AD. When I was a teenager, I didn’t have a whole lot of experience with Shakespeare. I wrote a paper in class…we had to read Hamlet when I was a senior in high school - I went to Roosevelt - and I had this great teacher. I wrote this horrible paper that still embarrasses me to this day. The title of it was “Hamlet’s Just Your Average Teen.” It was just a horrible paper. The only thing my teacher wrote on the bottom of it was “I feel like I have failed you.” But it got to me, and I reread it in college, and it’s such a great play and there’s so much to it that I missed at the time. My point is that sometimes it’s really hard to relate, but I do think that theatre is definitely the way that Shakespeare is meant to be performed. But, there are some really awesome film adaptations. I was a really big fan of the Romeo and Juliet, the modern one, that’s got Claire Danes and Leonardo DeCaprio in it. It was more accessible. I don’t feel like it should be dumbed down for teens necessarily, but I do think that if you have a really excellent teacher, who makes it accessible for you it can open up a whole other world.

DM. What were you like in high school?

AD. I was a pretty good student, but it was mostly just fear of not being…like it wasn’t like a real drive for being a great student. I didn’t want to get in trouble. I was the oldest and it was like “You’re going to college - it’s not a choice,” and “You’re getting A’s - it’s not a choice” and so for the most part I did. But towards the end when I was like “Hold up, I don’t have to listen to you people” I kinda started to slack off a little. I was into drama a lot. Roosevelt had a really good drama program, and I did a lot of shows. There was a really big emphasis on musicals and I’m not much of a singer, so I did all of the straight plays, but in the musicals I was usually like the tall girl in the back in the chorus that you didn’t want to see try to dance.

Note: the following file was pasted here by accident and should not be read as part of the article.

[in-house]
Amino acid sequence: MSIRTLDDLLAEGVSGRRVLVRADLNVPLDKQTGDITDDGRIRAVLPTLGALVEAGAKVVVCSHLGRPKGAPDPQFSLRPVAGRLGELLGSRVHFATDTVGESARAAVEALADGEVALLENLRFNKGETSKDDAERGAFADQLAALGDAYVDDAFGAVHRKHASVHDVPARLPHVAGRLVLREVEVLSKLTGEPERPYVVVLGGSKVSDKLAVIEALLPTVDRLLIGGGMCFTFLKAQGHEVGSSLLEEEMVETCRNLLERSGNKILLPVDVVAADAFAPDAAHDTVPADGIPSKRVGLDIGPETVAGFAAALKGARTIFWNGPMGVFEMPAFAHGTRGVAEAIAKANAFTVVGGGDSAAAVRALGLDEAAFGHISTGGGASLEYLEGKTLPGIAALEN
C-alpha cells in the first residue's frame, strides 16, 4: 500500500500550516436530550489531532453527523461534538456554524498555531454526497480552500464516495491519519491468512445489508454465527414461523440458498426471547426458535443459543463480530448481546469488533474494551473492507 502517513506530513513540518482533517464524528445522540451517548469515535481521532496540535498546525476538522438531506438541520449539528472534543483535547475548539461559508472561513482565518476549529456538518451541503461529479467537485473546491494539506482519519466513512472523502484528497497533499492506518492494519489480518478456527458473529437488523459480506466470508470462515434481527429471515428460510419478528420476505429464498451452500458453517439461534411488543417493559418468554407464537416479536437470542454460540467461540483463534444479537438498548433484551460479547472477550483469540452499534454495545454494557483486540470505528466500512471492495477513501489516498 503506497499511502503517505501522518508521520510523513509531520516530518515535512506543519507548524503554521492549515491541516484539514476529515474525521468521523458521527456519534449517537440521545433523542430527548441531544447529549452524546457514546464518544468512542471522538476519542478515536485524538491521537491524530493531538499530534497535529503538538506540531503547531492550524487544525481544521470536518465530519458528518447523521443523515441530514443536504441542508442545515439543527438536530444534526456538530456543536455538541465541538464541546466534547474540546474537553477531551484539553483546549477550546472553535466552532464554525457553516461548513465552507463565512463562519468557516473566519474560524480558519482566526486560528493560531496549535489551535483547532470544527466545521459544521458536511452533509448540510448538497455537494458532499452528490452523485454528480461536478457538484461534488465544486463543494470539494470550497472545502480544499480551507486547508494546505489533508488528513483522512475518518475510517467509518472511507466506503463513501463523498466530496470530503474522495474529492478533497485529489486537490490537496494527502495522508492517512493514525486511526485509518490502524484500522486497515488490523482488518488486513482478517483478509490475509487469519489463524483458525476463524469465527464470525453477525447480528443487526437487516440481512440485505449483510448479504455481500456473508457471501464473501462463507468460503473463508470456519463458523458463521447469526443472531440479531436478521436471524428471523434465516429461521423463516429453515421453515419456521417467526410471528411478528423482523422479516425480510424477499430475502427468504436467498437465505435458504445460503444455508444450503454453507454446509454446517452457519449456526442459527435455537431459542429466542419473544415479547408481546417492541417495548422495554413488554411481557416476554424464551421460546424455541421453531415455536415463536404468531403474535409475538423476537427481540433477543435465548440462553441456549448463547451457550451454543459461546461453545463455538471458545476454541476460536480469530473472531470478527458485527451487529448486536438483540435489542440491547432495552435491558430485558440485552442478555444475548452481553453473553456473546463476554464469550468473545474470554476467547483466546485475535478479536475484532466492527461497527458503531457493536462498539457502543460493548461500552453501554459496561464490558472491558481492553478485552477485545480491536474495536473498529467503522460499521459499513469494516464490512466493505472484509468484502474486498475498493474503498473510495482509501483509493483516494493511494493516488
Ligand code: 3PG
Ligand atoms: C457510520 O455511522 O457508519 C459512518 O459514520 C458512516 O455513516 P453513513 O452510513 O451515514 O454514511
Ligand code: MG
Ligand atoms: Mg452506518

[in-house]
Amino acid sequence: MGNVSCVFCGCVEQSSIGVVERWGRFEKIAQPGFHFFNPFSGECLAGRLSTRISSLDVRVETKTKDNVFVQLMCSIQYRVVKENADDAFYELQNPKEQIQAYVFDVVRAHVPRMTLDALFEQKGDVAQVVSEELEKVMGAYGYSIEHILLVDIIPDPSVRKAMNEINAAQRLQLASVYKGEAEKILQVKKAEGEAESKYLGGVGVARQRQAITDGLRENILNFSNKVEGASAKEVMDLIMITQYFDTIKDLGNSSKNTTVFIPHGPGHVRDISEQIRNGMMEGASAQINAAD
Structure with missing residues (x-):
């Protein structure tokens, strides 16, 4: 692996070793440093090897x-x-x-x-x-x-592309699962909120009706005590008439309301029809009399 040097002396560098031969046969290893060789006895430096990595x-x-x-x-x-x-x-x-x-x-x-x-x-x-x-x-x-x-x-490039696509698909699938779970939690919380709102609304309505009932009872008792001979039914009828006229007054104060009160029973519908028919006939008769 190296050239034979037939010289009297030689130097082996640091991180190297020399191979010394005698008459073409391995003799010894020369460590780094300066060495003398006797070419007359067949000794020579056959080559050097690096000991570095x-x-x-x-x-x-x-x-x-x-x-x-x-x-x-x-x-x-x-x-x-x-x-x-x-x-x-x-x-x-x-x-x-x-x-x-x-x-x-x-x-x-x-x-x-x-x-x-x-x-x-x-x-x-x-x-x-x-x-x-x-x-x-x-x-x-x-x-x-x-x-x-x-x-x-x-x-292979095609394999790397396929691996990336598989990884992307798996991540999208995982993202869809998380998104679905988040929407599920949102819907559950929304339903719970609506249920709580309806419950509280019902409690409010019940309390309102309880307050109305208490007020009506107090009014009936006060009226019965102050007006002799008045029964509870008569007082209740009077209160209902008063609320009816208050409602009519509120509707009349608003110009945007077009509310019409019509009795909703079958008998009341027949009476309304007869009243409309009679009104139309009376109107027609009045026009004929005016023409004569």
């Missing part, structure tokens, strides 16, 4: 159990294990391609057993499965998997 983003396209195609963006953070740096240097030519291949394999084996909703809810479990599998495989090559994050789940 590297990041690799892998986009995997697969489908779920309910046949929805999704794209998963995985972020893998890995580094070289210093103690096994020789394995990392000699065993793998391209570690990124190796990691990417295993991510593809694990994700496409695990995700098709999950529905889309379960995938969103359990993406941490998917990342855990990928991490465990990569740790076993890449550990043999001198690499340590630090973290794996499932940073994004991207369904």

DM. Where did you go to college?

AD. To Western, up in Bellingham.

DM. What was your first non-acting job?

AD. I worked at a bakery up on Capitol Hill when I was 15 or 16. I’ve actually worked in a lot of bakeries since then. It was pretty great, but then you’d come home and - I know it doesn’t sound bad - but every single day coming home smelling like cookies and you’ve got cookie dough crusted in your ear or like a chunk of it in your hair - it was pretty gross.

DM. What kind of TV or music or movies do you generally like?